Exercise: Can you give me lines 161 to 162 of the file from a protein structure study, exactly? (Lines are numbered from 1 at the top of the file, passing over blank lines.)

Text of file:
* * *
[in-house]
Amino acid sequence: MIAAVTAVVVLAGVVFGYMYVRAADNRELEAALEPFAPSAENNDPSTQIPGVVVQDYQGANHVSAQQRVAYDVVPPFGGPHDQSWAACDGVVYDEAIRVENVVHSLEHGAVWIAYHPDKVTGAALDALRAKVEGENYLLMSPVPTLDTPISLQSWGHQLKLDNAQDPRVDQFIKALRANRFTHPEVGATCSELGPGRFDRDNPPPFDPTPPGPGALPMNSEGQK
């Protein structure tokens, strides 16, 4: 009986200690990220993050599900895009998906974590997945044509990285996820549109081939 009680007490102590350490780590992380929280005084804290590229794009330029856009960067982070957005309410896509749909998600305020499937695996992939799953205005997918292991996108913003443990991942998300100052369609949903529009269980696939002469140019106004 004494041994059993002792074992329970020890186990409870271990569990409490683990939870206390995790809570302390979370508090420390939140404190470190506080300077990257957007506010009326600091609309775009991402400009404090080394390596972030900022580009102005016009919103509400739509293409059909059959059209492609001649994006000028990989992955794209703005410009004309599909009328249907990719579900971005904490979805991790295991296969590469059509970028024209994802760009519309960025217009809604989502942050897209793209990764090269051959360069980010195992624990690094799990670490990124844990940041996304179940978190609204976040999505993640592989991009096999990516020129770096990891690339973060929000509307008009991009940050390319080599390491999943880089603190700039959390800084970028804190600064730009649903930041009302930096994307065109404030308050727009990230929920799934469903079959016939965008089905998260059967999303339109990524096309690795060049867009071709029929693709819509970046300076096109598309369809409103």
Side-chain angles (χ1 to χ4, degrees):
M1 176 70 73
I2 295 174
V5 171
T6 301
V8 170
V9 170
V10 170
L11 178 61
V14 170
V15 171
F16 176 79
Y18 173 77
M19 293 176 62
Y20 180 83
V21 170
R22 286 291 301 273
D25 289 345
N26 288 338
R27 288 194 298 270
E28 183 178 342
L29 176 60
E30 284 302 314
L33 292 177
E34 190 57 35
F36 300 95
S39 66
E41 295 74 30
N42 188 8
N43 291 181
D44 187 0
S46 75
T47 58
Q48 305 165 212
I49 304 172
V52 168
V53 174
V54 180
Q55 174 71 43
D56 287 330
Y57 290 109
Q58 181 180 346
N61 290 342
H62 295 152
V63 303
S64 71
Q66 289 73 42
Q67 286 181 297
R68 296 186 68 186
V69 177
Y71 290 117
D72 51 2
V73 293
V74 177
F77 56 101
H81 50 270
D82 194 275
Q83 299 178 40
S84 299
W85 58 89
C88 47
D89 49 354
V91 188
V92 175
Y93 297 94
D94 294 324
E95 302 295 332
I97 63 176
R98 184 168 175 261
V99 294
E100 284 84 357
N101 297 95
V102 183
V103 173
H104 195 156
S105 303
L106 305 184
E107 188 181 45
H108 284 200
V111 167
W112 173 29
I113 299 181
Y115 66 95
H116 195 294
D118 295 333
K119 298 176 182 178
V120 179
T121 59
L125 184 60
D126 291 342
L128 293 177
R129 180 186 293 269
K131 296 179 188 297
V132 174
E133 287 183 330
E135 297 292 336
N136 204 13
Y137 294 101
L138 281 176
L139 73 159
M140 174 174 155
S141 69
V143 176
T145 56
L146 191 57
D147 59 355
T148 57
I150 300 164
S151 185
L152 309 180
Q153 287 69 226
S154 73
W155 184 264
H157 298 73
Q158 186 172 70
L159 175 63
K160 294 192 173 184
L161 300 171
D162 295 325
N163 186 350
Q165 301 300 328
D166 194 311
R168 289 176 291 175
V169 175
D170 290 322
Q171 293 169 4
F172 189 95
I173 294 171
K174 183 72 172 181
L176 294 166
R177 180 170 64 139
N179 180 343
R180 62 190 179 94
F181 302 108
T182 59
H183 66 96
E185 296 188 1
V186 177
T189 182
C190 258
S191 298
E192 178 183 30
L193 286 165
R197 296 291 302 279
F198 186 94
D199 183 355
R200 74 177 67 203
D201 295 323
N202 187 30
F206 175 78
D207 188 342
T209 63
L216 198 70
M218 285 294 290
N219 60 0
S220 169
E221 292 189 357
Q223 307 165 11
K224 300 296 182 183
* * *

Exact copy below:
Q223 307 165 11
K224 300 296 182 183